Dragadiddle #1 - Drum Rudiment

The dragadiddle #1, which is also known as drag paradiddle #1, was one of the patterns chosen to take part in the 26 American Drum Rudiments by members of the National Association of Rudimental Drummers (N.A.R.D.) in 1936. In 1984, the 26 drum rudiments were joined by 14 other drum rudiments, giving birth to the 40 International Drum Rudiments.

It's very important you learn how to play the single paradiddle and the drag ruff before you give this lesson a whirl. This is so because the dragadiddle #1 incorporates a dragged single paradiddle.

Dragadiddle #1

Once the dragadiddle #1 feels comfortable to you, you can move away from the single surface you're practicing it with and move it around the drum set. You can do so with the following drum beats and drum fills where the dragadiddle #1 is inverted. So instead of starting the dragadiddle #1 with the quarter note single, you'll start with the dragged 16th note single paradiddle instead. This comes in handy when you're writing drum beats that feature a strong backbeat.

Exercise #1 is a 16th note drum beat. The dragadiddle #1 is scattered between the hi-hat and the snare drum. This drum beat may be a little tough to start out since the grace notes on the first drag ruff precede count 1. If you have to, practice playing a drag ruff on counts 1 and 3 just to get the right feel for it. Once you have that happening, play the dragadiddle #1 as notated.

Dragadiddle #1 - 1

Exercise #2 is a 16th note drum beat. This exercise is similar to the previous one. Here, the snare strokes on exercise #1 are played on the hi-hat instead – except for the snare shot on count 2 – while the hi-hat strokes are moved to the ride cymbal. Count 4 has a small change in the form of a snare shot as well.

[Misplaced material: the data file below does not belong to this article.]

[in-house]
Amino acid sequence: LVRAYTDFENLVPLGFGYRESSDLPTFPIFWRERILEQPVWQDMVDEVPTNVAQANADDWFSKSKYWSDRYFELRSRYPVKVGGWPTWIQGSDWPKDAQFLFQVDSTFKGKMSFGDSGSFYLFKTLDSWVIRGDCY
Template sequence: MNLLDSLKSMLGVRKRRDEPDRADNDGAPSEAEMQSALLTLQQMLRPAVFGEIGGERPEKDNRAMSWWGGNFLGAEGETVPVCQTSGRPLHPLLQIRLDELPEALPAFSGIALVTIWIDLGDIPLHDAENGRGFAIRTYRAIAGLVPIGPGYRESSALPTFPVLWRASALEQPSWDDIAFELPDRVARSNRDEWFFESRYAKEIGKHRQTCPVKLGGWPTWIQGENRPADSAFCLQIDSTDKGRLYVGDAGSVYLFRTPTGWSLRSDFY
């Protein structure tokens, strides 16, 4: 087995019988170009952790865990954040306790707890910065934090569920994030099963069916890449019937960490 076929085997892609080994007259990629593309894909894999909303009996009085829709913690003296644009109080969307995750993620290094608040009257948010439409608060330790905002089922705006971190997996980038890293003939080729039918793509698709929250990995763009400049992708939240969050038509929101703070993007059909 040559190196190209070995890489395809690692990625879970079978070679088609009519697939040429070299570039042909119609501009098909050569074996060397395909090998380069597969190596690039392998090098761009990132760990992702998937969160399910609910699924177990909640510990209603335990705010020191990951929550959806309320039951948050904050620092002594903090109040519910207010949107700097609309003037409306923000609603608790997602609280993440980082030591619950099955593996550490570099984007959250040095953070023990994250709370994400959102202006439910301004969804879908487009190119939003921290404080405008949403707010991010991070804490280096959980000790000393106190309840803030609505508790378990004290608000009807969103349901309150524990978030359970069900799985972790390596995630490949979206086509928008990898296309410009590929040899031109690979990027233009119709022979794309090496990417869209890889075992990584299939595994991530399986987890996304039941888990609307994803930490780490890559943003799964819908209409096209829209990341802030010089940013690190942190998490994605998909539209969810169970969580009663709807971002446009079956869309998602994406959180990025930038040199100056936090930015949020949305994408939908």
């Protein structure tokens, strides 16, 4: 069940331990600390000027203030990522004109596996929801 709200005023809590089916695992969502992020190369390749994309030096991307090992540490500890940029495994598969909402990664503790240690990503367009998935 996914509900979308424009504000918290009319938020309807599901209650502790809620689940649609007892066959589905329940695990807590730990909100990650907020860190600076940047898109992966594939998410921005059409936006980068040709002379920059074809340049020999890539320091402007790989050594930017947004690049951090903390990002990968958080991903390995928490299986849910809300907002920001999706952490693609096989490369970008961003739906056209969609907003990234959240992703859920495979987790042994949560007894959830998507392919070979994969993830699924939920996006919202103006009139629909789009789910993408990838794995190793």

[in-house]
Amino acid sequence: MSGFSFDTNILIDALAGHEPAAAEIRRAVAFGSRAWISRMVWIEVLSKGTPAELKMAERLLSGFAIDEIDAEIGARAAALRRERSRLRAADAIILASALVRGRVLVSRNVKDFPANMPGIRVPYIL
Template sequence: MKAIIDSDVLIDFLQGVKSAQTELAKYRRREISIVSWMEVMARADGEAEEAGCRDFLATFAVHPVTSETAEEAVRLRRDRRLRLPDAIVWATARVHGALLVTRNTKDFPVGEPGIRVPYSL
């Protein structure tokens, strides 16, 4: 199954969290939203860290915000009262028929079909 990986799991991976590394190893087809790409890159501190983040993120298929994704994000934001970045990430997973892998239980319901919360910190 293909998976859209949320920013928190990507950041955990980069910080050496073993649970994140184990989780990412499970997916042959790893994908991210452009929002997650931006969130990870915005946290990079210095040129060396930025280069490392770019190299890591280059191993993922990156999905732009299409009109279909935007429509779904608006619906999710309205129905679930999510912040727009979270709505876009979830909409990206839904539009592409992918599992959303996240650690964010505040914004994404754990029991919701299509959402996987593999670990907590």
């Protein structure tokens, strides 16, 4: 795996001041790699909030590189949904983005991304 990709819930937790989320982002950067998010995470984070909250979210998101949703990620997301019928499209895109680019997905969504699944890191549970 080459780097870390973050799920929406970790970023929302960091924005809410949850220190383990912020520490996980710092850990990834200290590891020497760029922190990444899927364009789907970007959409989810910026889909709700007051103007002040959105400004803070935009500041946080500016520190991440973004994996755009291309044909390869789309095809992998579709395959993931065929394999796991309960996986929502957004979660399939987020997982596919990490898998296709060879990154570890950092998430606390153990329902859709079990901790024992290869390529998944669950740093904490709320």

Dragadiddle #1 - 2

The stock 8th note drum beat played before the next two drum fills has an 8th note rest on the "and" of count 4. You may have to resort to this kind of tactics to make sure these drum fills are played accurately, since the grace notes are played just before count 1.

Exercise #3 is a 16th note drum fill. This is a very cool sounding pattern that includes some cymbal action. It's imperative you lead the first dragadiddle #1 with your stronger hand. This will enable you to perform the double on the "and" of count 1 with a lot more ease. You'll have to lead the second dragadiddle #1 with your weaker hand so that you can easily reach out for the hi-tom.

Dragadiddle #1 - 3

Exercise #4 is a 16th note drum fill. This exercise has the exact same rhythmic pattern as the one on exercise #3. It's the stroke orchestration that gives this drum fill its own flavor. This is another great example of how you can come up with a lot of different drum fills by orchestrating the strokes differently.

Dragadiddle #1 - 4

Once you're able to play the dragadiddle #1 and the exercises herein accurately, you can move on to further expand your knowledge on the 40 drum rudiments. We encourage you to learn how to play the dragadiddle #2 next.